Recipe of the Day: Easy Farmers Market Pasta Tyler makes a simple sauce using tomatoes and zucchini from the farmers market then adds artichokes and sausage – giving the dish tons of flavor – before tossing it all with pasta.

foodnetwork:

Recipe of the Day: Easy Farmers Market Pasta

Tyler makes a simple sauce using tomatoes and zucchini from the farmers market then adds artichokes and sausage – giving the dish tons of flavor – before tossing it all with pasta.

8 notes

My professional life has been framed by two very different institutions. For the first twenty-two years of my academic career, I taught at the University of Washington in Seattle. In many ways, my time there was a blessing. The UW is an elite academic institution with an extraordinary faculty and world-class resources. During my time there it boasted five Nobel Prize winners, one of the largest libraries in North America, and was ranked by the Economist as one of the top twenty public universities in the world.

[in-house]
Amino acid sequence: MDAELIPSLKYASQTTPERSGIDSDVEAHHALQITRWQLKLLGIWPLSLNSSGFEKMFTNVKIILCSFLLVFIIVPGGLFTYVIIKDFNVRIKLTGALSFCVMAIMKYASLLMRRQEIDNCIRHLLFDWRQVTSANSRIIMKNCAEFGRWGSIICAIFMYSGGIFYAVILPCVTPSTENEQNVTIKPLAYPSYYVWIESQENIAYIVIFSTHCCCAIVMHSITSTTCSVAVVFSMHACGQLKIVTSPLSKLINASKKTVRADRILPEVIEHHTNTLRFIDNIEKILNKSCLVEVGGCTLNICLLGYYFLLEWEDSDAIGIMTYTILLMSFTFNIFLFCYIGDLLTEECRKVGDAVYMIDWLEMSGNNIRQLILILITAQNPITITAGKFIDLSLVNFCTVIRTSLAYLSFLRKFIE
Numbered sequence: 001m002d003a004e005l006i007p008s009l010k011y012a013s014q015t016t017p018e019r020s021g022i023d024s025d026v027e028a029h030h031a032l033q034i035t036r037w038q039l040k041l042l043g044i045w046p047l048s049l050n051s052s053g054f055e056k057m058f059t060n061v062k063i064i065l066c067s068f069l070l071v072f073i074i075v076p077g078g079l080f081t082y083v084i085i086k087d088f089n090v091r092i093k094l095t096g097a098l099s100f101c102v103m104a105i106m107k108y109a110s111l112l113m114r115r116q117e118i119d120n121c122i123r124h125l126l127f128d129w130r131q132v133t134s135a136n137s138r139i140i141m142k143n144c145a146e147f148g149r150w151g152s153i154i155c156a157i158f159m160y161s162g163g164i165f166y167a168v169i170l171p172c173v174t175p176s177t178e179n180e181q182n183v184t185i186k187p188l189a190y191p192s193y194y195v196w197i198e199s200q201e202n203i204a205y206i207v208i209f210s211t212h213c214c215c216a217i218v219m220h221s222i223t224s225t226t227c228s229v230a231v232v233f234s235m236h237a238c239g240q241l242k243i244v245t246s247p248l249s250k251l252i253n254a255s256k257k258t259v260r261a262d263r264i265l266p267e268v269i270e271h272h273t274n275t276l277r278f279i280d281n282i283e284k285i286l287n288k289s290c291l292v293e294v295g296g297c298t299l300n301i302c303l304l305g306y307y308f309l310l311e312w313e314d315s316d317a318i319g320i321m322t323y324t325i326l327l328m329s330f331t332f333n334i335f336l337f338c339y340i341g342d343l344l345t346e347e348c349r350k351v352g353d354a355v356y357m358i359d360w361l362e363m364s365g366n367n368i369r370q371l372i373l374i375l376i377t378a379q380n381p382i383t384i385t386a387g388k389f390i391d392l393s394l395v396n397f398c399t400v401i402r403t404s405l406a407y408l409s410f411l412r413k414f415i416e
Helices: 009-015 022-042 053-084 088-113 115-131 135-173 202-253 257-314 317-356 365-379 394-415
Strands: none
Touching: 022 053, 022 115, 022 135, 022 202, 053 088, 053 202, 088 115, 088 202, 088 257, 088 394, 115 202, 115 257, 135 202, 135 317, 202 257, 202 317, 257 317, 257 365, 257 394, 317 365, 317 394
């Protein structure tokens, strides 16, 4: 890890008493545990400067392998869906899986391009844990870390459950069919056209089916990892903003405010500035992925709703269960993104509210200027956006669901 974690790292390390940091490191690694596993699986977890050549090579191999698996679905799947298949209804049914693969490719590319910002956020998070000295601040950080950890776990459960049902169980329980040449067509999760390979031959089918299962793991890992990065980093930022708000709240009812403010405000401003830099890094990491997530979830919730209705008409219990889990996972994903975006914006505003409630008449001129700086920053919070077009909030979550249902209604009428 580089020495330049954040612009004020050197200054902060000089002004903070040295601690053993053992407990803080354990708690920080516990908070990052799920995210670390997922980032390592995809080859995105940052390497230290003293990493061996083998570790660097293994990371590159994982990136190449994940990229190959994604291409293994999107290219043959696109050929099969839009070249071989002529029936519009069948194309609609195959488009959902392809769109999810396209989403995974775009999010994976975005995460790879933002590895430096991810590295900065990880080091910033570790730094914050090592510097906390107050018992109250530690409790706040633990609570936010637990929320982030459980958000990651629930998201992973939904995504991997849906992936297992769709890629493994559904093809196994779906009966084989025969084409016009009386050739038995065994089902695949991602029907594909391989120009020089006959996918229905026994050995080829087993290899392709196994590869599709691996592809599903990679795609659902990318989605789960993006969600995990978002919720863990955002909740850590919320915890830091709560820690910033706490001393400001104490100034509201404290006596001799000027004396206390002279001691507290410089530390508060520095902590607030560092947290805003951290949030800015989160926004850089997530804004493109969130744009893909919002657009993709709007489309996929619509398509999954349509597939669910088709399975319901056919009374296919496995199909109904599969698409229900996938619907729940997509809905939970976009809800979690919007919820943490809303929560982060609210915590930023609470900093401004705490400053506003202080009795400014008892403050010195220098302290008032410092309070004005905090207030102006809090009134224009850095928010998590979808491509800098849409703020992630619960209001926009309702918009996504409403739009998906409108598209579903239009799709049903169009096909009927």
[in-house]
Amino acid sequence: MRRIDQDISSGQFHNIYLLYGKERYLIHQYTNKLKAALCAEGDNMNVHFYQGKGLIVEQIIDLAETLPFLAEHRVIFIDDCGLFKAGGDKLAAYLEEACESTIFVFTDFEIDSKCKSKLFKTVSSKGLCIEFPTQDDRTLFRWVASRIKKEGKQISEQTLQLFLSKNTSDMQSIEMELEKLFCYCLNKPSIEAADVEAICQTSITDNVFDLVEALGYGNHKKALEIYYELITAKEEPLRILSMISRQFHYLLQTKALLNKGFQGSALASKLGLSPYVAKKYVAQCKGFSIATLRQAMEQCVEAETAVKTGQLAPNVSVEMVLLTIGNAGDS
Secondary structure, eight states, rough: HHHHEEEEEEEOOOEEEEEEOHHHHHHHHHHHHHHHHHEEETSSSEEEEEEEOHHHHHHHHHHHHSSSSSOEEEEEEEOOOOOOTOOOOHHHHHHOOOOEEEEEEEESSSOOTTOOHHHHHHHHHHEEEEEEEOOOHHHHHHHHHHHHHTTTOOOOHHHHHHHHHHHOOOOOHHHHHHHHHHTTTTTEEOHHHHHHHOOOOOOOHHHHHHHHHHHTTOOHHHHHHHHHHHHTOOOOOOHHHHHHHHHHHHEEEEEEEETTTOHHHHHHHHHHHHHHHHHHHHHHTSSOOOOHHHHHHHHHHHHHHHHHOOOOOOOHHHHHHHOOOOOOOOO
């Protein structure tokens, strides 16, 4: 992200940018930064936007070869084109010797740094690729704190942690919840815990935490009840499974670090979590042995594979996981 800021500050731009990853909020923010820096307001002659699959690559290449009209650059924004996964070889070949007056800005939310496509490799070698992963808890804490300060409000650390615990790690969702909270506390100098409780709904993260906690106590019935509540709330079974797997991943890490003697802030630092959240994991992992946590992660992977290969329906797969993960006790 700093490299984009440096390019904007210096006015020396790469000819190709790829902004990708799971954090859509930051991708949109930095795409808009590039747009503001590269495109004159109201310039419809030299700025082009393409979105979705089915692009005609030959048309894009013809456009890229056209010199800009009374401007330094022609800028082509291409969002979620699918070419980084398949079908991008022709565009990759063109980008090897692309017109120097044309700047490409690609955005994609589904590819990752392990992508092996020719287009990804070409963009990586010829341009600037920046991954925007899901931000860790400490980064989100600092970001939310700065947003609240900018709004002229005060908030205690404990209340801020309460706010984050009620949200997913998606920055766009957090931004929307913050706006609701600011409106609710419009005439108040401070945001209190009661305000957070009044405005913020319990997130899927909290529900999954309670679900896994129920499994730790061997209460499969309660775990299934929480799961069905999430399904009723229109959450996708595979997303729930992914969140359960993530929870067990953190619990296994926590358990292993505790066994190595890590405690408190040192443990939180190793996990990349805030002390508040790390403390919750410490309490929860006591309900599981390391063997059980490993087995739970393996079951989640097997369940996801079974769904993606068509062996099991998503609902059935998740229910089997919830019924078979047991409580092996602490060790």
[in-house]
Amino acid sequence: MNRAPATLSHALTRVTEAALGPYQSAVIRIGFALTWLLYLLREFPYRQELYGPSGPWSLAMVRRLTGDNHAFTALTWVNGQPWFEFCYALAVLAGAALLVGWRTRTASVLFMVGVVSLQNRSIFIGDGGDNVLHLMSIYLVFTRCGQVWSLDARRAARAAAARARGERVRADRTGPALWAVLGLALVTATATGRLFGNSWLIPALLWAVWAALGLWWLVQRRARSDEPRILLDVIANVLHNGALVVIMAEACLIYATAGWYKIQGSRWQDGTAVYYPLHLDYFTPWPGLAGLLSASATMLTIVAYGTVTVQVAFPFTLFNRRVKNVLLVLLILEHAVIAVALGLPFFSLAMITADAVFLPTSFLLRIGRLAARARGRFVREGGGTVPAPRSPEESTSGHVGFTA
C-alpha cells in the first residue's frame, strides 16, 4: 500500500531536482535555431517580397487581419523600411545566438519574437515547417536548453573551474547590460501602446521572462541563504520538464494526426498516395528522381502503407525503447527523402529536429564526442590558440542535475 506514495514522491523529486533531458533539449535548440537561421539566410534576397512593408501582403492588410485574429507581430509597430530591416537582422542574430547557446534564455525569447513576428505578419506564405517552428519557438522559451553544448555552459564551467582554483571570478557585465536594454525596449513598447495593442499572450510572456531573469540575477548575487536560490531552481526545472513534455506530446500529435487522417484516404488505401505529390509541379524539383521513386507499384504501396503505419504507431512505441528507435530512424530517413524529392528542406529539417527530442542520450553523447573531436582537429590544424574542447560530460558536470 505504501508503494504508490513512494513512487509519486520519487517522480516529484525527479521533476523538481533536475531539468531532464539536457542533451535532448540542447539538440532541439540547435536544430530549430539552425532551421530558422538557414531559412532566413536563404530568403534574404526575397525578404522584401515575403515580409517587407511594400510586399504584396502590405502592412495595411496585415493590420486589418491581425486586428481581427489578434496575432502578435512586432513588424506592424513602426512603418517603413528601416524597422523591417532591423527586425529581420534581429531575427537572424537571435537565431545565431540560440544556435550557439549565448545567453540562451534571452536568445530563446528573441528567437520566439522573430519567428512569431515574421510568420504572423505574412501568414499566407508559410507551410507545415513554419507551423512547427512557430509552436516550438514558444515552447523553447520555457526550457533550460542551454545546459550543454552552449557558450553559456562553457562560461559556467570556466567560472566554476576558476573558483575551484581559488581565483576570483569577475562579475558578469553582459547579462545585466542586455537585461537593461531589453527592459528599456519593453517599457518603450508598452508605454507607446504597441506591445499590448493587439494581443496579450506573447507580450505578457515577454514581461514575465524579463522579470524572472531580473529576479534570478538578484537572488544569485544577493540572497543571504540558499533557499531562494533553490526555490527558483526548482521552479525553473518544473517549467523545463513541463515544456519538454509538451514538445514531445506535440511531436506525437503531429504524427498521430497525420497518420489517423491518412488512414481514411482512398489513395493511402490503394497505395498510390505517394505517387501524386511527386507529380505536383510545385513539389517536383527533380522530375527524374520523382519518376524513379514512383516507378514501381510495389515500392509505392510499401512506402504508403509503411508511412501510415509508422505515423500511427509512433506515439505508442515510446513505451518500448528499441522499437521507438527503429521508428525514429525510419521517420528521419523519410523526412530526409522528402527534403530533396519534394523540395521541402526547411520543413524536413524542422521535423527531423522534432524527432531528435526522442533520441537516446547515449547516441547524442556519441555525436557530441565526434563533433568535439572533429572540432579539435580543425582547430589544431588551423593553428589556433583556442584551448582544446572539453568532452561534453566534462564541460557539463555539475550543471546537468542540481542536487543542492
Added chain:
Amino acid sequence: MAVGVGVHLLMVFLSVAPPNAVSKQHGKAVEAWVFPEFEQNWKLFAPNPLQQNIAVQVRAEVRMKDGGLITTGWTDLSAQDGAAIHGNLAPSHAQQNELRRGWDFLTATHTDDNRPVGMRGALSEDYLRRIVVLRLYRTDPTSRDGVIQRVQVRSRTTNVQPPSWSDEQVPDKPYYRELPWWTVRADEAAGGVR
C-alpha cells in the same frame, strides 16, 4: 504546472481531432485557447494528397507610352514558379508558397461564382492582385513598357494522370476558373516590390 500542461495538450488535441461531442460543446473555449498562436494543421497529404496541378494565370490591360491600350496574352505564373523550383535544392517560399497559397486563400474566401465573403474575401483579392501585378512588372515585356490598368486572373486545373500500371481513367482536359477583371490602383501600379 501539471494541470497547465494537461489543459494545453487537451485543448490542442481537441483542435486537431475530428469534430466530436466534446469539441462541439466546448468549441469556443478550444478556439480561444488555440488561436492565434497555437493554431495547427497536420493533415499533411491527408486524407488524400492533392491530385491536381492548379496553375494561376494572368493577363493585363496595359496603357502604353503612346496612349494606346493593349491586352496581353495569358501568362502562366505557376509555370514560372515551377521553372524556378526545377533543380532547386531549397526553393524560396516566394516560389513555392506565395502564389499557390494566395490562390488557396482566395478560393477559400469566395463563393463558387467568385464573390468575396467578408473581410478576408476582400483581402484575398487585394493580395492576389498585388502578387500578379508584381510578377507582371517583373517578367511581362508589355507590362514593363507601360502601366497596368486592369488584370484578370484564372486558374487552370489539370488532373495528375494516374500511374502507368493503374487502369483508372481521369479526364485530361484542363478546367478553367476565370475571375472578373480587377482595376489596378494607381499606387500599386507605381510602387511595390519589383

I also made several good friends at UW and benefited from a number of genuinely kind colleagues who took sincere interest in my well being, both personal and professional. Finally, I should acknowledge that I flourished there professionally — in certain respects. I was awarded tenure, rose in rank from assistant to associate to full professor, won the university’s distinguished teaching award, and was accorded a prestigious endowed chair in U. S. history.

And yet while I was experiencing a certain measure of professional success, my soul was always deeply divided….